I thought it was something to do with the stigma of being a journalist, as if working in a poorly respected industry meant people perceived you as hacking phones and upsetting grieving relatives all day. But it wasn't that. This is the reality for a lot of people out of work at the moment; there just aren't the jobs to go around. As well as that, for those lucky enough to be on the books of an agency, they're being paid almost the same rate for work as they were paying me all those years ago, when I had a full head of hair. It's as if all the time in between never happened, but I look in the mirror and I realise it has.

So, it's the Jobcentre every two weeks to collect the 60-odd quid I get for having paid national insurance for the past 13 years. They call it Jobcentre Plus nowadays -- I think the "plus" is "plus a sense of grinding ennui and despair". The people inside are helpful and kind, and do their best for me, I know, but I have grown to feel sick about my fortnightly visits to sign on. That building is Svidrigailov, taunting me, teasing me, forcing me to confess... confess to a sense of hopelessness. You can't hide it when it's staring you in the face. Those who have been doing this for some time tell me I'll face pretend applications, literacy and numeracy tests, training courses to show I know how to use a computer, all to ensure I'm really trying my best to get a job. The humiliation will be complete, although I don't feel sorry for myself. I'm just disappointed that I can't do any better.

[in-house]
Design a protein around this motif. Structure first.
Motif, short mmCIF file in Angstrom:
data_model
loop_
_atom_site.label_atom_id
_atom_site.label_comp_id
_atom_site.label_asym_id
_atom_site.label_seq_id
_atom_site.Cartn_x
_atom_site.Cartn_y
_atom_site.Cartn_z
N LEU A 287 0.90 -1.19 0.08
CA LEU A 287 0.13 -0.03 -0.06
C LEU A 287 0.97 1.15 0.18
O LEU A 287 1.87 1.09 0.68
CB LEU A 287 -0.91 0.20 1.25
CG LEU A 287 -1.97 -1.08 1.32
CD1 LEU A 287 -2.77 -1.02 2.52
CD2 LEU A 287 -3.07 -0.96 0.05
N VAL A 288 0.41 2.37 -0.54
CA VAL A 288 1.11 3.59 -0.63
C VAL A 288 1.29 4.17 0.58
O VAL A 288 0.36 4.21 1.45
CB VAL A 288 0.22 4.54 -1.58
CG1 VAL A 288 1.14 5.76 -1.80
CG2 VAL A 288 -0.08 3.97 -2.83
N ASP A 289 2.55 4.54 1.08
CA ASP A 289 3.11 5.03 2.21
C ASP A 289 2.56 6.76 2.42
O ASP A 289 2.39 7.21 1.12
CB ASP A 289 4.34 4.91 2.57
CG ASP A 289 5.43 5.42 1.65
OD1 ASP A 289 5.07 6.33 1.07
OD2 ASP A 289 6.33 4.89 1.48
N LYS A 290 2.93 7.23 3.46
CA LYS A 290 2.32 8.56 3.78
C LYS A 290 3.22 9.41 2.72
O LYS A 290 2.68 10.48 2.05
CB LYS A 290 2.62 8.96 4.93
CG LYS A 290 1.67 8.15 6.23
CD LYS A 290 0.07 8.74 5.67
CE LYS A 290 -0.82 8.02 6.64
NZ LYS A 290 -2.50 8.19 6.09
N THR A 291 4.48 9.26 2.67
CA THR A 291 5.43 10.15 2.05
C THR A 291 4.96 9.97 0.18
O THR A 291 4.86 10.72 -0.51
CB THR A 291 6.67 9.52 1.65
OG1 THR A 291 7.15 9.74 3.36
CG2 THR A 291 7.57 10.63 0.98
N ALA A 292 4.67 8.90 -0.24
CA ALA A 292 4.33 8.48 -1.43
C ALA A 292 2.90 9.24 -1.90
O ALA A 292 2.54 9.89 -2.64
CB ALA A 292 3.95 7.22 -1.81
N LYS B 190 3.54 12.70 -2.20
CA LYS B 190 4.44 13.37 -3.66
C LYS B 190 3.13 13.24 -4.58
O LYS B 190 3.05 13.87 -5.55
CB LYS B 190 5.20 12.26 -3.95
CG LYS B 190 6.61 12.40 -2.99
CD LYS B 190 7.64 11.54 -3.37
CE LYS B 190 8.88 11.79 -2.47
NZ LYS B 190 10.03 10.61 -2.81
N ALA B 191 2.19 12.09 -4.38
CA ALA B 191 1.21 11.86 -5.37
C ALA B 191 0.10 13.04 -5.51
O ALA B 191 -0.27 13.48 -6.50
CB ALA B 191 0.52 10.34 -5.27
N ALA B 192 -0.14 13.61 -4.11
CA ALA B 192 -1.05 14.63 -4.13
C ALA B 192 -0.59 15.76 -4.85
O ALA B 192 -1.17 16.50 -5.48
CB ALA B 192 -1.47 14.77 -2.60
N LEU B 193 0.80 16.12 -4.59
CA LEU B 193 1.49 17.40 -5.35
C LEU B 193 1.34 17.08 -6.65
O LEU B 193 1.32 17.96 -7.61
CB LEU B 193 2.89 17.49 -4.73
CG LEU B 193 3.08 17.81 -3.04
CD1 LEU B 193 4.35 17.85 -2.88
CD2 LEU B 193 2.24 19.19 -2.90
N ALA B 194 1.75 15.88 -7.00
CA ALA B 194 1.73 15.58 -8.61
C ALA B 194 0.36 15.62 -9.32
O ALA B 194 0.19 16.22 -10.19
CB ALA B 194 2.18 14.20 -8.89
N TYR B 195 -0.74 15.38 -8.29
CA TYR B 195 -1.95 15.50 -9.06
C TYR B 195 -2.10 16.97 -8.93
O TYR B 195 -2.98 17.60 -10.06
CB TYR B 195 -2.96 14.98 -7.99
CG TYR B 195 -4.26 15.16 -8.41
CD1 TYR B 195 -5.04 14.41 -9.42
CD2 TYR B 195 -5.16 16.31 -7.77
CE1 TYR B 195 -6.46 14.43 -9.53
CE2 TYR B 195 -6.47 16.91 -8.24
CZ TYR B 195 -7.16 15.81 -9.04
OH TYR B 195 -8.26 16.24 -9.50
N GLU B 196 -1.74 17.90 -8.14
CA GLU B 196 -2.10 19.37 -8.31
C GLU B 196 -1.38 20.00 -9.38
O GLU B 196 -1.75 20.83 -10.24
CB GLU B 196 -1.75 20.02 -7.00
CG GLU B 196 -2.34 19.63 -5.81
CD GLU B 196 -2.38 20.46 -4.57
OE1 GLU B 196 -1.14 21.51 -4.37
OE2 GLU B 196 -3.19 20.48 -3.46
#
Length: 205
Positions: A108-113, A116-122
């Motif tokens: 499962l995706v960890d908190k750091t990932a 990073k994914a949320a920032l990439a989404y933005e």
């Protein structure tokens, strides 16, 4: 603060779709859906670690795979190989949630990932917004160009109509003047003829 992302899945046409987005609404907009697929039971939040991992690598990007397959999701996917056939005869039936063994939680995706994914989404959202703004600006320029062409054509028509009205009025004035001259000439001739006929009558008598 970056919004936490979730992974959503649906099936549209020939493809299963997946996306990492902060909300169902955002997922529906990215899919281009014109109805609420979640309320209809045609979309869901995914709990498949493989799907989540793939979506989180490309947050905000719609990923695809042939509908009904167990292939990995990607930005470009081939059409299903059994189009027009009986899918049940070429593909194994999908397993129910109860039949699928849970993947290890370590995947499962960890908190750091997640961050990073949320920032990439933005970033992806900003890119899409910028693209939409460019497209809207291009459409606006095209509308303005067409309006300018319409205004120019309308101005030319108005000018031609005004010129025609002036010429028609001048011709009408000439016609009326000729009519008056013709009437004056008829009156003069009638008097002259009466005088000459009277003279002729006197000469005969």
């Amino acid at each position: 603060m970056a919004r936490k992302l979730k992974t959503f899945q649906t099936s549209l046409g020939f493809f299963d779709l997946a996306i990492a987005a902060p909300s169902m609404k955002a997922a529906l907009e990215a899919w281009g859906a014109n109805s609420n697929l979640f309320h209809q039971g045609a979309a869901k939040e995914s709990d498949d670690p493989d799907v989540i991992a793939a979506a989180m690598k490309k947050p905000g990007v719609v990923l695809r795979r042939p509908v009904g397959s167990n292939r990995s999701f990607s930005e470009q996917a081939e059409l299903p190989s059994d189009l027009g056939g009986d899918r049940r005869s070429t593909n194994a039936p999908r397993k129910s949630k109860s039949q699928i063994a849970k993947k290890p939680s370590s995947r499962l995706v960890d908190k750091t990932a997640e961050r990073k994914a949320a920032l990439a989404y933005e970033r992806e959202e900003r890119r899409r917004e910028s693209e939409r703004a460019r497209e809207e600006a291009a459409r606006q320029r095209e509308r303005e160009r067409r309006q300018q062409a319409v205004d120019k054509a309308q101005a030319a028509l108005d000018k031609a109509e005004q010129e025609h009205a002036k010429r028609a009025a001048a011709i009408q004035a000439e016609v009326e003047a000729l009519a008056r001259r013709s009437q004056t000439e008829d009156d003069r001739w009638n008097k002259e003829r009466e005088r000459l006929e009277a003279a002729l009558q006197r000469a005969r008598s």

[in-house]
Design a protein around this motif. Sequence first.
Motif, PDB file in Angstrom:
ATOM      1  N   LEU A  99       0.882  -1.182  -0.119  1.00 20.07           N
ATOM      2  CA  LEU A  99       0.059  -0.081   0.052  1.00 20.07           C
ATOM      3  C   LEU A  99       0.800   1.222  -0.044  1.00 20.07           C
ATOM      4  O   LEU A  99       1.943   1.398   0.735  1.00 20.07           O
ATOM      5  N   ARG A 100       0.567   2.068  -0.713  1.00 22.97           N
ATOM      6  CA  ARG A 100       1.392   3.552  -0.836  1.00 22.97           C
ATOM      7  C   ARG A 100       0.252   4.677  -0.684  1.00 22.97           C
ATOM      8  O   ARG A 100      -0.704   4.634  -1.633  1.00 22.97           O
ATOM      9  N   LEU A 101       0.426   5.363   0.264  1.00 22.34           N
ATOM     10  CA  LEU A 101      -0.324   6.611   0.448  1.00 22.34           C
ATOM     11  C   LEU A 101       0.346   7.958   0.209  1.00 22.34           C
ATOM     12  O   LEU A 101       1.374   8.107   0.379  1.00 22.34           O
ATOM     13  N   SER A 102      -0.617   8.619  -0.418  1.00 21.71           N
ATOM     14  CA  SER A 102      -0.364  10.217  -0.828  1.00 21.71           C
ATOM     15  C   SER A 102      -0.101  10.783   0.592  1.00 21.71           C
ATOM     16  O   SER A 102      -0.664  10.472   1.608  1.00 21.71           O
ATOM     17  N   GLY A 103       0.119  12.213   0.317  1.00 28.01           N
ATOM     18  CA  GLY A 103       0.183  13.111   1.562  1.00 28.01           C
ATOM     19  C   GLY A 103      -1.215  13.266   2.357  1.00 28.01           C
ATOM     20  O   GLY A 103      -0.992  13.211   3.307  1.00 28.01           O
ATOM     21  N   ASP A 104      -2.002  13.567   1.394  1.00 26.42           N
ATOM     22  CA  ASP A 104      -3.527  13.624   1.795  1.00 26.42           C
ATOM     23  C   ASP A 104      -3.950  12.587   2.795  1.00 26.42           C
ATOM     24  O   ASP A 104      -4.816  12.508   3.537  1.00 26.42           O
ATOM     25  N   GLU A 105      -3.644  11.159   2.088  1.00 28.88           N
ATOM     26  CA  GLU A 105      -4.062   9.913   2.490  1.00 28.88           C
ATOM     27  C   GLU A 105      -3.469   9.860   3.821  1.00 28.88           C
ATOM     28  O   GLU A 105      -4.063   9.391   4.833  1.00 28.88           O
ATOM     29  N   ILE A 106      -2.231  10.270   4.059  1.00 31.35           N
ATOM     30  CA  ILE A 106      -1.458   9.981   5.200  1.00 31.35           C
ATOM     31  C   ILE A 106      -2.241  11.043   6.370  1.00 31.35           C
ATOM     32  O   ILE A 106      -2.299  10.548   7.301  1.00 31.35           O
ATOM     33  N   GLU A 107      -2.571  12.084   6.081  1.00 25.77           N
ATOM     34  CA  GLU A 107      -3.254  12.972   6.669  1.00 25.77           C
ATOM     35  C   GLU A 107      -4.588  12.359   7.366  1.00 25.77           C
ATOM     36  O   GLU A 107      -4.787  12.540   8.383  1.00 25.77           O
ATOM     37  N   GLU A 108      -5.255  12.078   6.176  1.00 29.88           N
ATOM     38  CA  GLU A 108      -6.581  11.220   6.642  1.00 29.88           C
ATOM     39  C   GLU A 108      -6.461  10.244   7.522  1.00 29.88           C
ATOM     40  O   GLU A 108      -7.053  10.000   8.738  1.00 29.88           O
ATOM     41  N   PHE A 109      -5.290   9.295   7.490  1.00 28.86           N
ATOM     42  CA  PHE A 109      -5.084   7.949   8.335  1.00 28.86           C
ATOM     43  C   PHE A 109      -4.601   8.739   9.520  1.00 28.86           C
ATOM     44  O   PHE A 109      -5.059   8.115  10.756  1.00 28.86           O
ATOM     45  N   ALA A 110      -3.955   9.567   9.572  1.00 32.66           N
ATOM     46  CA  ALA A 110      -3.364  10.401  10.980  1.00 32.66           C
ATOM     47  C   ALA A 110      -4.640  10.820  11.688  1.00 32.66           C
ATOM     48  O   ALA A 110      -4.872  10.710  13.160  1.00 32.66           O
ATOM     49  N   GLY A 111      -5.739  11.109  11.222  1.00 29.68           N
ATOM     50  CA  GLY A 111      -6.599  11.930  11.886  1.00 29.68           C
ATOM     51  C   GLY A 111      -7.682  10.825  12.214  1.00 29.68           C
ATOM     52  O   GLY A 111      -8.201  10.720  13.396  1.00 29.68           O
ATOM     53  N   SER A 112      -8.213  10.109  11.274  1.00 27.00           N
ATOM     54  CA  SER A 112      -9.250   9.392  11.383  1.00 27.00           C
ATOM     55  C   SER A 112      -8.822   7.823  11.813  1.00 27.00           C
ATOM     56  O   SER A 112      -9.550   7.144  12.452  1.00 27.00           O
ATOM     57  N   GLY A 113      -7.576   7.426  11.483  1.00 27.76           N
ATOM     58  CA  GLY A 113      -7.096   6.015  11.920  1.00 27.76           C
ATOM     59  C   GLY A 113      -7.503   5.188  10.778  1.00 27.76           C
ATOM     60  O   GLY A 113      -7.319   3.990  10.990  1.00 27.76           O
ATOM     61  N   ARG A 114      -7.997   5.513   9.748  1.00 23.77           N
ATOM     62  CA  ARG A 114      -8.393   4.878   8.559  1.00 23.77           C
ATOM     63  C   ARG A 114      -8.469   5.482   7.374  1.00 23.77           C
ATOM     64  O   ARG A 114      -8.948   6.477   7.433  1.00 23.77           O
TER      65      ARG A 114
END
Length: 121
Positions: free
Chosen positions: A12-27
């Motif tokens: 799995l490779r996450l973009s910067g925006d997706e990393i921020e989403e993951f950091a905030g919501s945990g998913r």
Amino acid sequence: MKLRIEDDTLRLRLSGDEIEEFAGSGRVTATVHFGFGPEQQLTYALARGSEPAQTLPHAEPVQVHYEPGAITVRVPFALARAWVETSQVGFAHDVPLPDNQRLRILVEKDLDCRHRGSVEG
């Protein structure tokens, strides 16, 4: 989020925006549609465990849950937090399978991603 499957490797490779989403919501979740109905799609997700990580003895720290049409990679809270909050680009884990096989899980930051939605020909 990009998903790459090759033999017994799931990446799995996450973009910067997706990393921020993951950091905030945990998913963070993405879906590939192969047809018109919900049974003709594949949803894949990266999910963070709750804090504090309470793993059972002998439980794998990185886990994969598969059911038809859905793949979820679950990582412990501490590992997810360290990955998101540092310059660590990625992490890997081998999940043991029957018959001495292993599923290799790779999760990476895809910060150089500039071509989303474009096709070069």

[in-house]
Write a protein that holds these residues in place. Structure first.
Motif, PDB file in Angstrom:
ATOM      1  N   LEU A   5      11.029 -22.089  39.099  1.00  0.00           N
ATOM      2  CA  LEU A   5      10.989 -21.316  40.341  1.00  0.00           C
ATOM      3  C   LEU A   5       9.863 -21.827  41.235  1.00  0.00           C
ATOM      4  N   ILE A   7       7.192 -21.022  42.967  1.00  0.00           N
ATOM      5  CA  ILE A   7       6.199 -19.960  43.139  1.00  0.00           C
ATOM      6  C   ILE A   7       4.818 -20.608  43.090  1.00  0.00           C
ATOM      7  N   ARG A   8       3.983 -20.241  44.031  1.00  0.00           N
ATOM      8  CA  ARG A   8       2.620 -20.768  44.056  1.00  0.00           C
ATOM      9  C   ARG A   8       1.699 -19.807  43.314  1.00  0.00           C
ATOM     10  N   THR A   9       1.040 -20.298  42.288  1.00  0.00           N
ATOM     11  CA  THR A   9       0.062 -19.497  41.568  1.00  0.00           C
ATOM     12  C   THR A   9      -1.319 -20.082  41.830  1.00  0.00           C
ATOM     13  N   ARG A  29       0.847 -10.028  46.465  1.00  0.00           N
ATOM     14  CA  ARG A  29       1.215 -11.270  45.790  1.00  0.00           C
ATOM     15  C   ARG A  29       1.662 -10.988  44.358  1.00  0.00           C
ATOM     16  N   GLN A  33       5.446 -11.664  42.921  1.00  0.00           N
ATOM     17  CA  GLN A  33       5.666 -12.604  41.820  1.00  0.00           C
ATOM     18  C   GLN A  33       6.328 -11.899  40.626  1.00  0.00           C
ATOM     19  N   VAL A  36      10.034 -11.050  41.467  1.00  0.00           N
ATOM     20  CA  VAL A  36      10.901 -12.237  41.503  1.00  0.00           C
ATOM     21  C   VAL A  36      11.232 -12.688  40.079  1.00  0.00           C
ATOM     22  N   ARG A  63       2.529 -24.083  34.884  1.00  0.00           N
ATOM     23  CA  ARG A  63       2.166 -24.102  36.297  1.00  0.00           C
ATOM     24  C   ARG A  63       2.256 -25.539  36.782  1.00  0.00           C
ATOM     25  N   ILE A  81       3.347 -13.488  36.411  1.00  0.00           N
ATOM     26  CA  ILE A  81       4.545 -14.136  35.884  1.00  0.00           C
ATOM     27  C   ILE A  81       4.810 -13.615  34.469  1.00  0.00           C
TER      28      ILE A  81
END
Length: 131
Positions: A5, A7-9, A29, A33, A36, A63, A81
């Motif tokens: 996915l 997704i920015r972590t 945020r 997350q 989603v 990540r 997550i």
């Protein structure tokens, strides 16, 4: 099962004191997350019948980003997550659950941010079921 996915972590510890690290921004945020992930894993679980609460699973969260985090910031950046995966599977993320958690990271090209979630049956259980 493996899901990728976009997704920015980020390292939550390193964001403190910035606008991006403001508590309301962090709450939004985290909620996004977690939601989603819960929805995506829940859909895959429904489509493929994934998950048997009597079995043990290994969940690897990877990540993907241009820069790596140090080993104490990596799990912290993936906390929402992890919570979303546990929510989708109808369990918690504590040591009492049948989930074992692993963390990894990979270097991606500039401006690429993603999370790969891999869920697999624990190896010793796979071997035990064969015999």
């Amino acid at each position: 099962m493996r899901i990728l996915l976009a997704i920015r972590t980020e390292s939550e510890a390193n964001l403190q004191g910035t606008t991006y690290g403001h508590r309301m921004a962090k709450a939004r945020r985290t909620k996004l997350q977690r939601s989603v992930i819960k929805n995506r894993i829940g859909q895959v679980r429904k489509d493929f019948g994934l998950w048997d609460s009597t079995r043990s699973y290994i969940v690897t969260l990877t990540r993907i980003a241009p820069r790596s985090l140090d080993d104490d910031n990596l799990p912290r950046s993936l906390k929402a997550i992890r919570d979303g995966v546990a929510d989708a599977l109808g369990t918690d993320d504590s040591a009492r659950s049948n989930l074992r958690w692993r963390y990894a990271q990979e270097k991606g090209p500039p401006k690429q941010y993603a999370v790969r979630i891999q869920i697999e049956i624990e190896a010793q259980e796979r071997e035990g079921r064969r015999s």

All that said, I think I'm extremely lucky. It could be so much worse. I'm fortunate enough to be able to scrape a couple of hours' work here and there, and my partner works hard to pay the mortgage (you don't get housing benefit if you've got a mortgage) and the bills while I dick around at home, doing nothing except writing and applying for jobs that I won't ever get. There will come a time, quite soon, when I will do something -- anything -- rather than this.